It started by thanking us for our interest in the company, told us where we could find the information on the website, provided a link to the document plus a page reference, and then provided the figures we requested. It ended with “kindest regards” and the name of the investor relations staffer.
By contrast, some of the replies we received gave the impression that we were being told to get lost. They were abrupt and unhelpful. The worst of these scolded us to go back to the site and take a second look — without providing a link back to the site!
Perhaps this was because the question itself suggested our motives were not completely financial and potentially related to governance concerns. Or perhaps they figured the question must be from a retail investor.
However, it could just as easily have come from an institutional investor. And anyway, it shouldn’t matter. Both have an equal right to the same information if it is available.
Needless to say, companies that provided weak responses to our question made a poor impression. They made us wonder about their commitment to their shareholders, and also how successful they could be in business if they treated their customers in the same way.
Provide direct hyperlinks
People will often ask you for information that is available in documents on your website. While this may be a sign that your site is difficult to use, it also means that you will want to tell people where they can find the information they’re looking for.
Most companies that responded to our question referred us back to their websites. However, these referrals varied in their usefulness because only a handful of firms provided a hyperlink to the relevant page or document on their sites.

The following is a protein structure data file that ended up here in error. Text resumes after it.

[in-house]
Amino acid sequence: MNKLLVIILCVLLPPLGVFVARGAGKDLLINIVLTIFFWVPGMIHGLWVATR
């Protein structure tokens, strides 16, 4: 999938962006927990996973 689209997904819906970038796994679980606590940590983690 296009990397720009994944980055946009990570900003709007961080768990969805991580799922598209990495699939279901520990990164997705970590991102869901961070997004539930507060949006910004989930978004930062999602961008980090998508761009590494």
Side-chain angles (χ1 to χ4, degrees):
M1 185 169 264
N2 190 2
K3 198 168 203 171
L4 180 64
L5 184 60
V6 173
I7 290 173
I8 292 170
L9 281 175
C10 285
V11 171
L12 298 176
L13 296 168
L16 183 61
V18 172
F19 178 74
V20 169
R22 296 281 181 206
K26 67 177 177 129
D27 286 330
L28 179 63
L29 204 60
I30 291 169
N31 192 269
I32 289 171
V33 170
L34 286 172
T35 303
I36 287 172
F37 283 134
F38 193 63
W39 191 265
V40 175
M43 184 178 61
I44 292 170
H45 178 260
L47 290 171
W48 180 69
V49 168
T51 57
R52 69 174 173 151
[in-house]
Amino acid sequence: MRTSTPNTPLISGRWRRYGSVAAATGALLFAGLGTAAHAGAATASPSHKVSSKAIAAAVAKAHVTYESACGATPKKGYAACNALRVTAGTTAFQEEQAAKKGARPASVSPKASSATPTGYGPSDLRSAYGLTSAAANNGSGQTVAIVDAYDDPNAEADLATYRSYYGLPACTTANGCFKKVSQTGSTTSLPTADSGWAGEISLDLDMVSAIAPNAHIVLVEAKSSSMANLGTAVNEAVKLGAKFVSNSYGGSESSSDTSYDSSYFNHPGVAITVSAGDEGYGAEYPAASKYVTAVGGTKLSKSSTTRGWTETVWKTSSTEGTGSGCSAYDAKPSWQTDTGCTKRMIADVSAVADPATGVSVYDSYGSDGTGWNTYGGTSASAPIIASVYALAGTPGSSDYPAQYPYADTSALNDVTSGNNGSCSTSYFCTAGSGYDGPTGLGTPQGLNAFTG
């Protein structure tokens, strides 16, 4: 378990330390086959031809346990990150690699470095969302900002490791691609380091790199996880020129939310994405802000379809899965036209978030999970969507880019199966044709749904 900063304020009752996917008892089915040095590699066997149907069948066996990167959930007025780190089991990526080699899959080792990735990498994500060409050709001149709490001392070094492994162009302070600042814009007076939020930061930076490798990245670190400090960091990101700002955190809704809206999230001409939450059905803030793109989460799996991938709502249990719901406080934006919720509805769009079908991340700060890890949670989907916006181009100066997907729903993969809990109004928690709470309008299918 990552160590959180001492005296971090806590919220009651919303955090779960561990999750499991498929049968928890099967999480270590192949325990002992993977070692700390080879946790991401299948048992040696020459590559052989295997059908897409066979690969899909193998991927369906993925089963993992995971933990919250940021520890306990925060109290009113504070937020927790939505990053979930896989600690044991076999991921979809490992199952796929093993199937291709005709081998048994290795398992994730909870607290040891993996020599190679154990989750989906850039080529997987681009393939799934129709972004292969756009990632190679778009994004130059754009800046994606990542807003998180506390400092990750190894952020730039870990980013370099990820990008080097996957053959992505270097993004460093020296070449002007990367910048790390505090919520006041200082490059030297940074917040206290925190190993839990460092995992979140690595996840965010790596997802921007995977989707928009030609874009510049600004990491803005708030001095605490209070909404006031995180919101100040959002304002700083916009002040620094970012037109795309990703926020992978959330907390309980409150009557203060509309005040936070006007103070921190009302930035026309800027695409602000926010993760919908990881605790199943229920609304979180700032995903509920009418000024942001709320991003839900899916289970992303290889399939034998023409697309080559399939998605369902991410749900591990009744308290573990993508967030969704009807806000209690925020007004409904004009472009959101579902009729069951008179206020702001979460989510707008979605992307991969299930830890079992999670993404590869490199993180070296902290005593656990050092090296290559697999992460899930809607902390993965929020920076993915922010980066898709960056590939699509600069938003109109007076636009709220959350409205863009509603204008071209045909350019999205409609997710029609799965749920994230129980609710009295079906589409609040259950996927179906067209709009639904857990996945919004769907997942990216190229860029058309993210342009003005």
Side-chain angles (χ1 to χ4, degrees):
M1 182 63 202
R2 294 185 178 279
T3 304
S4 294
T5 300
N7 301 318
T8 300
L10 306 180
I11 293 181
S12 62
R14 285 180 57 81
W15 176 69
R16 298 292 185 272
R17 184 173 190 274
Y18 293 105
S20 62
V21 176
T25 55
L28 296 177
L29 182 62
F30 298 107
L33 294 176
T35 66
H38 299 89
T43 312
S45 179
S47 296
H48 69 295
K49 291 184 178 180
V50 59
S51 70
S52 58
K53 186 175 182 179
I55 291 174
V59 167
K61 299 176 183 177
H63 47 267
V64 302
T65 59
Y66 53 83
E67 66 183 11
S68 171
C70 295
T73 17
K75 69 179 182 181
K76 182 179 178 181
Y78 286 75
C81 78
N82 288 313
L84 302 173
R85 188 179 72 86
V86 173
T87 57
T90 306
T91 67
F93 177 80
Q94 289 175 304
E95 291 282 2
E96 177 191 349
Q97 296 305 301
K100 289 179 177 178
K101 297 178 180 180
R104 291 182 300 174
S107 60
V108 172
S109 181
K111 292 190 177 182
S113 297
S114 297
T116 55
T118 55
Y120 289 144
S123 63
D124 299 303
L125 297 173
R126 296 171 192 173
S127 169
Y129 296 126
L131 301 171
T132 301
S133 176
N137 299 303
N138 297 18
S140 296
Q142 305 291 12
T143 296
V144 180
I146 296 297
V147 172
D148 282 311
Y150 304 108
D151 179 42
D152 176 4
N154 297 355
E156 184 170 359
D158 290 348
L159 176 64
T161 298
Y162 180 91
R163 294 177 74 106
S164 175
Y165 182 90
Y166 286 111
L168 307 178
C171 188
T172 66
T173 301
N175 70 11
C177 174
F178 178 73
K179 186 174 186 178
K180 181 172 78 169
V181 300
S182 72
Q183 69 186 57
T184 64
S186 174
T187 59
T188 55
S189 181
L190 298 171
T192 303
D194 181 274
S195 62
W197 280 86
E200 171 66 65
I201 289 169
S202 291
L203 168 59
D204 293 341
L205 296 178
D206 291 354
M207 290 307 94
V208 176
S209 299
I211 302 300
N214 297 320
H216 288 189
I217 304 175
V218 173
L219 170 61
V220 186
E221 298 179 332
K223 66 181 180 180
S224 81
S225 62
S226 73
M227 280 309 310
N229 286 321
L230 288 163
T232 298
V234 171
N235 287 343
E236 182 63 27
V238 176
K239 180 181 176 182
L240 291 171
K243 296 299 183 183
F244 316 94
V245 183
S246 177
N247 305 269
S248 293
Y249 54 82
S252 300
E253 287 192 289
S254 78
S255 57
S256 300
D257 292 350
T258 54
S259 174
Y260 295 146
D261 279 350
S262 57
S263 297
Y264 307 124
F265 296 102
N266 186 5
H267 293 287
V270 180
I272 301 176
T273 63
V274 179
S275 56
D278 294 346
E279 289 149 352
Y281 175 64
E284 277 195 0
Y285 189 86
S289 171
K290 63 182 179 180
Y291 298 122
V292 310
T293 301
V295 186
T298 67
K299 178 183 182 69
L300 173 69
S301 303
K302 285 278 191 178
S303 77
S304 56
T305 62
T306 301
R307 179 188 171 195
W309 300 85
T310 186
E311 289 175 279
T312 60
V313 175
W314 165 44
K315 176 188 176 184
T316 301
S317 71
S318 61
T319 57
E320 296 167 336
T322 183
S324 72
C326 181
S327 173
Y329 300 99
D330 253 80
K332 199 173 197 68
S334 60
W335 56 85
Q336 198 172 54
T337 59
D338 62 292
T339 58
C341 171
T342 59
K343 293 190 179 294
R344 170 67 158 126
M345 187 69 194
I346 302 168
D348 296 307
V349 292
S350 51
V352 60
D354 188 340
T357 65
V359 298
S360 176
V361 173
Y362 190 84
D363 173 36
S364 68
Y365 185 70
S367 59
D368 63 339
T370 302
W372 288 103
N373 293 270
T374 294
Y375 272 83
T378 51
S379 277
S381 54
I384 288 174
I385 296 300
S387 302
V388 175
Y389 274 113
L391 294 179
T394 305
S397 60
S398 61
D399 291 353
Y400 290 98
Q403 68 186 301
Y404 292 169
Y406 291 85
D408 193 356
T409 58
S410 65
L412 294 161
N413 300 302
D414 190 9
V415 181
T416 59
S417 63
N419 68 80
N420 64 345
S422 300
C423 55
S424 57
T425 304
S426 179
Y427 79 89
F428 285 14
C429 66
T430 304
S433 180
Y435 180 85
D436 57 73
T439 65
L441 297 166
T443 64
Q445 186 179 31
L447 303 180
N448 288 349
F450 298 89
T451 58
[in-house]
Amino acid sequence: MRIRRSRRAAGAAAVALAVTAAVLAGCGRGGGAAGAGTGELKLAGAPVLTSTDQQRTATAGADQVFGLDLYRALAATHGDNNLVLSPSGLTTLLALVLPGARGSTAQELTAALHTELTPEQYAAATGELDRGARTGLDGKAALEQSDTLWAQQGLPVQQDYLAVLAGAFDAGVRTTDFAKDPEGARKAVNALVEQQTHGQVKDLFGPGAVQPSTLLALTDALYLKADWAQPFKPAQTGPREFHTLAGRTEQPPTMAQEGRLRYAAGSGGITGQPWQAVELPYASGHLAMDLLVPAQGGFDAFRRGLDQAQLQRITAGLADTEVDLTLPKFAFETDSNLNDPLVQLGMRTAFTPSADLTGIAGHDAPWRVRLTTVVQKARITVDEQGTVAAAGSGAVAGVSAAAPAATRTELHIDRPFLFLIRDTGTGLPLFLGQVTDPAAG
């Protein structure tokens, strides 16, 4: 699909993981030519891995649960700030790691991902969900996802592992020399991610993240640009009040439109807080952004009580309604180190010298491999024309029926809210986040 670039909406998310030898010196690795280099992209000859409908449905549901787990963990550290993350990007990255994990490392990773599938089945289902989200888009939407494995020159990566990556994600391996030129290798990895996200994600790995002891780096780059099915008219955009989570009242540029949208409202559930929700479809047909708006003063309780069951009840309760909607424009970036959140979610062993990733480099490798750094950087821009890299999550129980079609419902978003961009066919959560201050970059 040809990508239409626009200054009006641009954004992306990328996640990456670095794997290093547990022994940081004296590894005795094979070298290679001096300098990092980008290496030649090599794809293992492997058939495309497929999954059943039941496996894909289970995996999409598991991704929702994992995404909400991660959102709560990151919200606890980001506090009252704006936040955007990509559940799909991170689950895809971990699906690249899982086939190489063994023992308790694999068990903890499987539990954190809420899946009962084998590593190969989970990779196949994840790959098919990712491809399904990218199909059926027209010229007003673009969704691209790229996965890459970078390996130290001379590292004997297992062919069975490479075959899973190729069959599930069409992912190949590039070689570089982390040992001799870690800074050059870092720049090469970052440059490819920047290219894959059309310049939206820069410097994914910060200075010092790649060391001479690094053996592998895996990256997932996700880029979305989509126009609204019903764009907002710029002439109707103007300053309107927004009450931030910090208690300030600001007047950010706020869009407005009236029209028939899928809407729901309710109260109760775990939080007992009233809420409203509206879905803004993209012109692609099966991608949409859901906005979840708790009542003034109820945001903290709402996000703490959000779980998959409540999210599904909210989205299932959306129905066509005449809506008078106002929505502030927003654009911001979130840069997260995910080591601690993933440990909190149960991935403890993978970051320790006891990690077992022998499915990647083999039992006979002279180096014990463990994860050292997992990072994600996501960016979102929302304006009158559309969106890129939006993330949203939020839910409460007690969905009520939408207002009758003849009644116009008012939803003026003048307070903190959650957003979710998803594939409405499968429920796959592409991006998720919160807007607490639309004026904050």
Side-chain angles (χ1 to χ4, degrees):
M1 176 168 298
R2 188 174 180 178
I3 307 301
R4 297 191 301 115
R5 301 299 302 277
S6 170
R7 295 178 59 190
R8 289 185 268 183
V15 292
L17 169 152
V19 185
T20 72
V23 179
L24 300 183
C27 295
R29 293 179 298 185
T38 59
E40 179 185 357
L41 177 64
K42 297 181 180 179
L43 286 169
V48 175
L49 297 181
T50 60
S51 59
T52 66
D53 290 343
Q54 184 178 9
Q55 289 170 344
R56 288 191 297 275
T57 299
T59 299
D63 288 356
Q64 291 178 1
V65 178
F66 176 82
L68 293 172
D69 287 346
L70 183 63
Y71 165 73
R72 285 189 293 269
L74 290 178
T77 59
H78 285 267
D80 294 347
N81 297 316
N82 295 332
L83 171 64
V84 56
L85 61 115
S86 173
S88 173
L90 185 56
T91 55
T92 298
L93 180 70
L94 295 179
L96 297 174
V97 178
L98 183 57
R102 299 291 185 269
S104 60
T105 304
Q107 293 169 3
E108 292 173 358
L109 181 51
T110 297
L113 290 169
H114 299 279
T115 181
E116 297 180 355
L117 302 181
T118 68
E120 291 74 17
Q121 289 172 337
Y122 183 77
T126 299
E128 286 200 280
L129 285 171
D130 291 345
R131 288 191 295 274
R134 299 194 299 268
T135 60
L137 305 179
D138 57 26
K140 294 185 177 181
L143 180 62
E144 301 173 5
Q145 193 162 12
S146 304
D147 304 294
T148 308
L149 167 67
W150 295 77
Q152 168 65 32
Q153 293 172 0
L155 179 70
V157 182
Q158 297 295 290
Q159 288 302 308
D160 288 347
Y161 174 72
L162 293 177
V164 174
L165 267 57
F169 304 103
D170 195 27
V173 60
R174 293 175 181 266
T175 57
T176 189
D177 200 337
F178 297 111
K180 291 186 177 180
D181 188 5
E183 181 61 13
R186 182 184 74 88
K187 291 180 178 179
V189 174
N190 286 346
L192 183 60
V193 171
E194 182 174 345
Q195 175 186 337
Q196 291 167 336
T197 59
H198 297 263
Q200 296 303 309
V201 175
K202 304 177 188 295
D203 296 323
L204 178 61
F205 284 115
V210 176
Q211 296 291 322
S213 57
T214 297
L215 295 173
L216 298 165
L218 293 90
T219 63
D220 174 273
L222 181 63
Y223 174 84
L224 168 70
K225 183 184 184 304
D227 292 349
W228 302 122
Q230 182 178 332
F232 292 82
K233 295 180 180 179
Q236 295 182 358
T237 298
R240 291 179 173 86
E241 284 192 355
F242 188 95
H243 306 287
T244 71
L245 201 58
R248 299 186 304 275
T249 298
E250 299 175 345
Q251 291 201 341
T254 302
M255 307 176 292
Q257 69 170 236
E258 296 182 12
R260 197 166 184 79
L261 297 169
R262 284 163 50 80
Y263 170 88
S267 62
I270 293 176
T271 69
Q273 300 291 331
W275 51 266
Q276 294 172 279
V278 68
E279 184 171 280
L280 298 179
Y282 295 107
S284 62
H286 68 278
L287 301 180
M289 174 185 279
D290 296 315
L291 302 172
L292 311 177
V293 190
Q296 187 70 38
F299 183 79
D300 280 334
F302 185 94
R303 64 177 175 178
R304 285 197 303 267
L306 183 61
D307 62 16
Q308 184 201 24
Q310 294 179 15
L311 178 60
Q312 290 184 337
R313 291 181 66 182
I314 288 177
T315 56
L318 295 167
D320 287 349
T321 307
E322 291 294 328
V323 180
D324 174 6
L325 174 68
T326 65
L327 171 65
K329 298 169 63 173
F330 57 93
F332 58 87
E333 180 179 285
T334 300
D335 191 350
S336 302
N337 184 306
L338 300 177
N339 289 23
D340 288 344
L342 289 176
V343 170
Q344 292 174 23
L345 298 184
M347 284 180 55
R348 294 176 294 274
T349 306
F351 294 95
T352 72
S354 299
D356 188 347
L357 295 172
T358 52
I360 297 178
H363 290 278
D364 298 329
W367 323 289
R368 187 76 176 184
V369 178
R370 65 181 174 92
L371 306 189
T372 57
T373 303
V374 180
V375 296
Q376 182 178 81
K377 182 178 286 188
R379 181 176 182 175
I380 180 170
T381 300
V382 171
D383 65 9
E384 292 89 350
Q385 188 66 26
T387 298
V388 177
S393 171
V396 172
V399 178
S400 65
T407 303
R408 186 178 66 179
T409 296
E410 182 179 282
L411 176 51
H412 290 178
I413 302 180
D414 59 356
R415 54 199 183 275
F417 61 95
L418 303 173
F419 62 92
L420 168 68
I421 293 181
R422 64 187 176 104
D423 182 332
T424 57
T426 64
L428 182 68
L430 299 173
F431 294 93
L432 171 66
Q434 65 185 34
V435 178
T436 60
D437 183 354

Don’t dump people on your homepage with instructions to a page somewhere on your site.
Direct hyperlinks are a big benefit on the Internet. Instead of having to navigate through three or four levels of your site, one click can take investors straight to the information they need.
When you don’t provide direct hyperlinks, you often have to provide clumsy navigational instructions to explain the sequence of clicks people must take to get to the document they need. This is an unnecessary waste of time for both you and the investor you’re writing to.
Ultimately, it’s not the speed or decorum of your replies that really count, it’s the quality of the response itself. Of course, the best situation of all is to avoid getting email enquiries in the first place. A good IR website should be able to answer the most common questions on investors’ minds and help them to help themselves.
In Investor relations contacts pages, we look at ways to reduce the amount of email you get by anticipating and answering questions before your website visitors feel the need to click “SEND.”